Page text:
Have you ever tried to write a custom error class in JavaScript? Well, it does work to a certain extend. But if you want to add custom methods or call instanceof to determine the error type it will not work properly.

Here is a little example of a custom error class:

class MyError extends Error {
  constructor(foo = 'bar', ...params) {
    if (Error.captureStackTrace) {
      Error.captureStackTrace(this, MyError)
    this.foo = foo
  getFoo() {
    return this.foo

try {
  throw new MyError('myBar')
} catch(e) {
  console.log(e instanceof MyError) // -> false
  console.log(e.getFoo()) // -> Uncaught TypeError: e.getFoo is not a function

Works fine in any browser with ES6/ES2015 support, but if you transpile the example with Babel to ES5 and execute the code, you will get the results shown in the comments.


Due to limitations of ES5 it’s not possible to inherit from built-in classes like Error, see the Babel docs.

Possible solution

The docs mention a plug-in called babel-plugin-transform-builtin-extend to resolve this issue, but if you have to support older browsers it may not help. In order to work the plug-in needs support for __proto__. Take a guess which browser does not support __proto__ … and of course, it’s the web developers best friend aka Internet Explorer. Thankfully it affects only version 10 and below.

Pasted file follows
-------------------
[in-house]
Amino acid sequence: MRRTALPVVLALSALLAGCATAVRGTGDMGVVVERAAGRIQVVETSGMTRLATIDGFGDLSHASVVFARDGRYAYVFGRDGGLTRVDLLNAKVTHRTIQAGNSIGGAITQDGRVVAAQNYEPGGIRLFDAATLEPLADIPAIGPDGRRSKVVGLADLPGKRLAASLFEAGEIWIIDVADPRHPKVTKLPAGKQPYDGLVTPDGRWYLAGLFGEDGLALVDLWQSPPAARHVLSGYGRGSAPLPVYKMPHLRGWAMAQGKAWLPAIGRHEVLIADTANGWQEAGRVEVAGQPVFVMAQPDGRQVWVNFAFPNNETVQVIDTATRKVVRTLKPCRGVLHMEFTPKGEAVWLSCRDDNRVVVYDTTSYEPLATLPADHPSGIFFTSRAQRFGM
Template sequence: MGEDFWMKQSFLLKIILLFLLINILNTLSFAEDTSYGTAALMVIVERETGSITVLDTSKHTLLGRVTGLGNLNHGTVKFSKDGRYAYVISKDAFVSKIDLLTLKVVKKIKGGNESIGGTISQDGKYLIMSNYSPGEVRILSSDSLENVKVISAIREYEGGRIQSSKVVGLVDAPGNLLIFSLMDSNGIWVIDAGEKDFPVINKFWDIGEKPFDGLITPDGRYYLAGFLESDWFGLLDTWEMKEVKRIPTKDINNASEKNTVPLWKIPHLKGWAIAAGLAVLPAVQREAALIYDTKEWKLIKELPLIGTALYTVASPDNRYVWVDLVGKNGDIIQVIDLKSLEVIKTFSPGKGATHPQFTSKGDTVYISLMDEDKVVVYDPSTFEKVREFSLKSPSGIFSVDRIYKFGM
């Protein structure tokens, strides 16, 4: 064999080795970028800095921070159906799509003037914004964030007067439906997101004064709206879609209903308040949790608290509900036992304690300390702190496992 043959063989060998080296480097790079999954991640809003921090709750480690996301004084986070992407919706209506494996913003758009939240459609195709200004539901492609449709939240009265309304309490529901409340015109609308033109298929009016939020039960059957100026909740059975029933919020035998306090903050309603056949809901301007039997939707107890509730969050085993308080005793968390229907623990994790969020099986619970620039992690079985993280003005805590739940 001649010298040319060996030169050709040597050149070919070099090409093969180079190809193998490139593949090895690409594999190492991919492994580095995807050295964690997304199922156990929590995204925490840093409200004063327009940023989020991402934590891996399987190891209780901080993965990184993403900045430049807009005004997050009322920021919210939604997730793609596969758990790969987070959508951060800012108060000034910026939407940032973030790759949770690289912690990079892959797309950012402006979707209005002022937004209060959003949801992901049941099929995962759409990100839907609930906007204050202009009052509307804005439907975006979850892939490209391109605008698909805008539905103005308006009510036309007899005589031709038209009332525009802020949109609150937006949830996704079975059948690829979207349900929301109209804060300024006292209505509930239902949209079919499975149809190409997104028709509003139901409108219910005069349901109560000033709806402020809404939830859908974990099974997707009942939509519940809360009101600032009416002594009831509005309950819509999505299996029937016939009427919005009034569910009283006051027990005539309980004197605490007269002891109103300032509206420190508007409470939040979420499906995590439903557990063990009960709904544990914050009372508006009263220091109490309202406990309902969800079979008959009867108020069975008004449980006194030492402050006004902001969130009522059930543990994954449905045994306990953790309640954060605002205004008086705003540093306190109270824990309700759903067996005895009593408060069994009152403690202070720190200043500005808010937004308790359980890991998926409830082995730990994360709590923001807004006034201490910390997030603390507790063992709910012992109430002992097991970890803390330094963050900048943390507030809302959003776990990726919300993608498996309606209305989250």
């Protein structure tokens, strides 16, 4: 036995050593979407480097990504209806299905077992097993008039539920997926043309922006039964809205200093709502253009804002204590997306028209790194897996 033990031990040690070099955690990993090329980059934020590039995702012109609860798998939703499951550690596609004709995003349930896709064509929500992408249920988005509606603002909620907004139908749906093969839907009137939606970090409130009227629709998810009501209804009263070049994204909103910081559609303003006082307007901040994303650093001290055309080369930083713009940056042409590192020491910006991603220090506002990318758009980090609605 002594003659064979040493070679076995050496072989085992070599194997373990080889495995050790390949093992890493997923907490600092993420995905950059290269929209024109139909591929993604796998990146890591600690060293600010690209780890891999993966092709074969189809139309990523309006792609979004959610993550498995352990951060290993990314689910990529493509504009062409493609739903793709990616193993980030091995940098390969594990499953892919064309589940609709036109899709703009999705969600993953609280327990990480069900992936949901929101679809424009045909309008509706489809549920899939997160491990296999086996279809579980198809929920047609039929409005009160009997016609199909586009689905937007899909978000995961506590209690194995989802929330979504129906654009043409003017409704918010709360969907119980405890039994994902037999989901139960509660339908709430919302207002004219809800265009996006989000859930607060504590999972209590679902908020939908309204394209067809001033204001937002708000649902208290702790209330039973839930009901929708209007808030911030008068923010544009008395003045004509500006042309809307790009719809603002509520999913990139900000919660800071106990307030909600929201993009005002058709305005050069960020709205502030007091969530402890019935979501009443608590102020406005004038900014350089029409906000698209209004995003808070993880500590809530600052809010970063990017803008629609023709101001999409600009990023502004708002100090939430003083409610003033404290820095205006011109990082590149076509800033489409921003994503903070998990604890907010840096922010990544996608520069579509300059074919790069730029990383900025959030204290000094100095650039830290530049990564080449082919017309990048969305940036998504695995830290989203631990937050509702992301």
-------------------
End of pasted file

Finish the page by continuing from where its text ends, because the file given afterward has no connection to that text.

If it’s not feasable to use the plug-in, you can at least access properties set in the constructor. A call to e.foo in the example is possible, but e instanceof MyError will return false, since you will always get an instance of Error.


Nothing of this ideal. We have to wait until it’s possible to use ES6/ES2015 directly. Yes, we all could set our transpile targets to ES6/ES2015 today, but our clients usually won’t allow it. Some customer is always browsing the web with an ancient device/browser.